Part 1: Intro – HDMI/DVI Auto Switch

This project is in progress. Check back for updates!


I engineer HDMI products full time and often find myself switching my monitor between two signals. I also like to switch my monitors between two computers at home. I wanted an HDMI switcher, but I didn’t want to keep switching it manually. KVM switches are expensive and there usually aren’t many HDMI/DVI types anyway. So I set out to build something to make my life easier. This would also be useful, say, for attaching to a podium and switching between the podium PC and laptop. Plus I like making things, and learning about high-speed signals would be a good thing for me to do.

The idea is to have two HDMI inputs and one HDMI output. The device always routes port A to the output until a device is detected on port B. When detected, it switches the signal and maintains the switch until video is lost, then it reverts to port A. Detecting valid video is very complicated, looking at the 5V pin is not. I will use that to determine if video is present. This works most of the time, but not if the source is free-running or blanking. Good enough for me. Because this doesn’t re-encode the video into a single stream, it will cause a hot plug detect and likely a video blip. Still, simplicity is what I’m after here and I’m not overly concerned with how smooth the transition is.

I will add a button to manually switch (if both are present) and some status LED’s. I’d also like a serial port to control remotely if needed.

Block Diagram

HDMI Auto-Switch_1


Timing Diagram – Detect B, trigger Switch

HDMI Switch Route Timing

Chip Selection

Selecting an IC that will switch HDMI signals is the first thing to do. Texas Instruments chips are by far my favorite to work with. The datasheets are really well laid out, their engineer support group is great, and they have a pretty large selection of stuff to pick from. I won’t limit myself to them, but I certainly will start there. HDMI is 4 pairs of differential signals, one of which is a clock. Ethernet is similar, so I started by looking for a ethernet mux.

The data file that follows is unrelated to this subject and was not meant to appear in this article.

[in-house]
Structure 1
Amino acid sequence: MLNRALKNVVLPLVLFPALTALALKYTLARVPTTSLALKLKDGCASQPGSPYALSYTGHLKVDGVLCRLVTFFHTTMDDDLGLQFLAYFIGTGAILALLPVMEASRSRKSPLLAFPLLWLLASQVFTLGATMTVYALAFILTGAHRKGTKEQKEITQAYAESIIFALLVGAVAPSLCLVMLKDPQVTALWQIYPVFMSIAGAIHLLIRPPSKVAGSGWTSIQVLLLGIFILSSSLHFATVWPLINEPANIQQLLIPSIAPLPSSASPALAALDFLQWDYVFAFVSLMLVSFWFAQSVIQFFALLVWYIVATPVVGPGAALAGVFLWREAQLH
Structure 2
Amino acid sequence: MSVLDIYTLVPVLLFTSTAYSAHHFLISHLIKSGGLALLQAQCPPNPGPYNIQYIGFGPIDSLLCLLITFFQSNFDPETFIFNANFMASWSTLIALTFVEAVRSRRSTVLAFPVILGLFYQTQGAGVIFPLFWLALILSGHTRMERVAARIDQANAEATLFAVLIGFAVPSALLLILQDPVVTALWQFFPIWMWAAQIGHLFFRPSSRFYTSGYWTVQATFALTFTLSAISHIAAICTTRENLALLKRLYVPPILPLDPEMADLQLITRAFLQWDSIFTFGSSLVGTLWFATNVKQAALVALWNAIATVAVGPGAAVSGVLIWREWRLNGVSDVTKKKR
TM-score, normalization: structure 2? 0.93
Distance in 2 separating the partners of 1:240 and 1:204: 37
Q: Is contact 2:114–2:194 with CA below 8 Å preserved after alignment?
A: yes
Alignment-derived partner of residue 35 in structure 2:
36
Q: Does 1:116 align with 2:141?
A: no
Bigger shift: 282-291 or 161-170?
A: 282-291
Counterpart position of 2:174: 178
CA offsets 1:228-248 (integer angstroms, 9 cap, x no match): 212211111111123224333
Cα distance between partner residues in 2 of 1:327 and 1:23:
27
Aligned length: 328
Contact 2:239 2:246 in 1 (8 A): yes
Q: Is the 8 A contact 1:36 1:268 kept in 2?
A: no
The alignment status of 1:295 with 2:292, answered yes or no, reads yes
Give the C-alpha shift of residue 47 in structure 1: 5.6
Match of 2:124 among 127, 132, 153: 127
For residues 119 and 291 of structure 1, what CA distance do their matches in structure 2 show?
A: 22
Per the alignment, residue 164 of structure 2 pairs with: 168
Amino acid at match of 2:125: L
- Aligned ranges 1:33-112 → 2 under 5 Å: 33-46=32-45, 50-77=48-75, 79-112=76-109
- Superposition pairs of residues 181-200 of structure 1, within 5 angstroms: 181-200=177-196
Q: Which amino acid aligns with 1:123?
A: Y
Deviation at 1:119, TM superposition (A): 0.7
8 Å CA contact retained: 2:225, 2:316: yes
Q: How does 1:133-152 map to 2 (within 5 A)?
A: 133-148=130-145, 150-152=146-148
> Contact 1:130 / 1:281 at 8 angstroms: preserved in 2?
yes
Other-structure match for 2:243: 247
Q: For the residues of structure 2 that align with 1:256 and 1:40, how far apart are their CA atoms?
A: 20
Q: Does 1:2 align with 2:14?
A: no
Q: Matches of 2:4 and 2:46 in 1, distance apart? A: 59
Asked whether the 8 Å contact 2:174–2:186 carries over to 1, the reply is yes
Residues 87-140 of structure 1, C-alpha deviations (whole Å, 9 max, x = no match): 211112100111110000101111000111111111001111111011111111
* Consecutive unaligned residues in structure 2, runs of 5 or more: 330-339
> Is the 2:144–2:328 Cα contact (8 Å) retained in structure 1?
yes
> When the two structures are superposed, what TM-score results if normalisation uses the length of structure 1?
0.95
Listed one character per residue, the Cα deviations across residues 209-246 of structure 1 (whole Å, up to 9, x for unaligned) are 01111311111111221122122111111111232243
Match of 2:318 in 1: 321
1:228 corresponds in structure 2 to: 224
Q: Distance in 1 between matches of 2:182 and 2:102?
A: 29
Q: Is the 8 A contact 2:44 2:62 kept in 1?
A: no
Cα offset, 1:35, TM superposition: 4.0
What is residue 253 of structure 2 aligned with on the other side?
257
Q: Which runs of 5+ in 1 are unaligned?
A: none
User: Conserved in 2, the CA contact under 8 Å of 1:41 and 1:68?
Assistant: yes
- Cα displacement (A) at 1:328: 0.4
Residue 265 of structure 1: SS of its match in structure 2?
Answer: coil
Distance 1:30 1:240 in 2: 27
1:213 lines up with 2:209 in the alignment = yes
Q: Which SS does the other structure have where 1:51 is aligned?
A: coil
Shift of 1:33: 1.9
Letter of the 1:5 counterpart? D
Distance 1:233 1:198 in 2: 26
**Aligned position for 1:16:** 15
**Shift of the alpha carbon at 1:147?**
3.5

Here are my requirements: cost isn’t too important since this is a very low-volume project. But lower cost is always better if possible. I am not setup to handle BGA packages, so I need something that has all (or most) pins exposed on the edge of the package. HDMI parts are going to be surface mount, as anything through hole would be ridiculous for high speed signals.

Top Choice


Specs: $3.48, TMDS+HPD+I2C switcher, 300 MHz maximum pixel clock, maximum 1080p with deep color (12-bit), GPIO or I2C control, TQFP package.

Notes: This is the most complex chip, considering its more advanced features like clock detection, sleep mode, TMDS voltage adjustment, etc. But I can use it in GPIO mode if I want too which is nice. It has the TQFP package and no ground or heatsink pads underneath, meaning I can solder easily with my equipment. It’s fine pitch (0.5mm) but that’s not too difficult to handle.

Runners Up


Specs: $2.74, TMDS switcher, 165 MHz maximum pixel clock, 3.3v supply, maximum 1080p, GPIO control, tssop package.

Notes: Simple switching chip, just drive the GPIO pin high or low. It doesn’t have a way to drive both to a high-impedance state. One must be switched. Package is awkward to route, both TMDS traces come out next to each other on the package. That would mean I would need to cross each trace at least once to route to different connectors.


Specs: $4.78, TMDS switcher, 225 MHz maximum pixel clock, 3.3v supply, maximum 1080p with deep color (12-bit), GPIO control, VFQFN package.

Notes: Simple switching chip, again a single GPIO pin controls which input is routed. Similar in many ways to the T3DV416, including the requirement one of the sources must be switched. Routing would be much easier, since traces are grouped by the source. This package has an exposed pad underneath. I could probably handle that with exposed copper on both layers and vias connecting them.


Specs: $2.17, TMDS+HPD+DDC switcher, 3.3v supply, GPIO control, output enable pin, VQFN package.

Notes: Simple to control switch. This one has HPD and DDC/AUX routing too, which is nice. But it looks like no I2C switch. Package is also more difficult to solder, though it is very small which would save on board space.


I am going with an Atmel chip for control, since they’re easy to work with. I will try to flash the bootloader using an Arduino, and flash the program using a FTDI USB-Serial bridge. I will use I2C communication to the chip since that gives me the most options. There will be a tactile button for manual control of switching, a dip switch for some runtime configuration, a programming header, and an expansion header for mating to other boards in the future.

TI has a reference design for this part. I will stick pretty close to that, because it’s a good reference. Other than the control of the part, the high speed traces will be almost the same. Though I ended up picking different ESD suppression IC’s for cost. They likely won’t be populated anyway, since they are DNI on the eval board.


After a lot of planning, I finished the schematic. You can download it as a PDF if you are interested. You can use this design for a non-commercial purpose as long as credit is given to me; but use this at your own risk.

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